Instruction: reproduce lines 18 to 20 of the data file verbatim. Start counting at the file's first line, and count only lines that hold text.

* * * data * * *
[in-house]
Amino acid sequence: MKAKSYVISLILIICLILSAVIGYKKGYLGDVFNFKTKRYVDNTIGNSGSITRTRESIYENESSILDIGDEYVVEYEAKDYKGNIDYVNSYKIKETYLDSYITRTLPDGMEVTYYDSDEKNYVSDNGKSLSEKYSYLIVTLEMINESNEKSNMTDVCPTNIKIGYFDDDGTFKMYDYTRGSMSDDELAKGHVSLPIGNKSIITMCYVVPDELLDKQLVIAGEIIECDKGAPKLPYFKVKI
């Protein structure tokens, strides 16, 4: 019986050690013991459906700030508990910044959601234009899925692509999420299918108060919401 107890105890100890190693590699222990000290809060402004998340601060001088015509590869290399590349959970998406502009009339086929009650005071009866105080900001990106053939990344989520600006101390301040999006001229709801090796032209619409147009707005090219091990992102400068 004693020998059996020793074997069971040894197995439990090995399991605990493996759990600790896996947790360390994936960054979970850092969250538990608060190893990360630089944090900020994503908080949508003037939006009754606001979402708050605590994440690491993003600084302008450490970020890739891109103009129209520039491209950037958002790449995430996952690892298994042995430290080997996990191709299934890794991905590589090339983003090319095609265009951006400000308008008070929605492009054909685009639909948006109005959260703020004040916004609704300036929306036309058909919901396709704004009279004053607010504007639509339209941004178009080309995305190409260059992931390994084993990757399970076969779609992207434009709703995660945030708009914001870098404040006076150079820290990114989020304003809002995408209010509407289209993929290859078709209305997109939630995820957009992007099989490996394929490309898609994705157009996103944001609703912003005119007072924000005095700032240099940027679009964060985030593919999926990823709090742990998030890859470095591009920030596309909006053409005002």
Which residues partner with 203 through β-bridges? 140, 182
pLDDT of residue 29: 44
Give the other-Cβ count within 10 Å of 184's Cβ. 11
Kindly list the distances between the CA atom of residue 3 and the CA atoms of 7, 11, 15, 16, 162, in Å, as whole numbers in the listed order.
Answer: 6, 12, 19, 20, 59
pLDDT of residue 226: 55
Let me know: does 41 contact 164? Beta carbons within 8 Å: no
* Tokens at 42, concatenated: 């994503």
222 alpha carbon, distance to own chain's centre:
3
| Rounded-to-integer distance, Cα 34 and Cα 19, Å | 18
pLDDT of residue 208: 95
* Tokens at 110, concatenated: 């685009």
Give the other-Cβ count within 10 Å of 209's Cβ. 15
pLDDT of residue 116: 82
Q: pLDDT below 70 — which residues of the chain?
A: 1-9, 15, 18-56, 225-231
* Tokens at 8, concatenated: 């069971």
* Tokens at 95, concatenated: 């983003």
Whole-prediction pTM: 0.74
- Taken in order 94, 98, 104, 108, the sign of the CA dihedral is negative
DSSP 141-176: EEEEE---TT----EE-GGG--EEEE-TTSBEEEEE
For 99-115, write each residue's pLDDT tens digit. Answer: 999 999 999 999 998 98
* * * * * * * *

pLDDT of residue 116: 82
Q: pLDDT below 70 — which residues of the chain?
A: 1-9, 15, 18-56, 225-231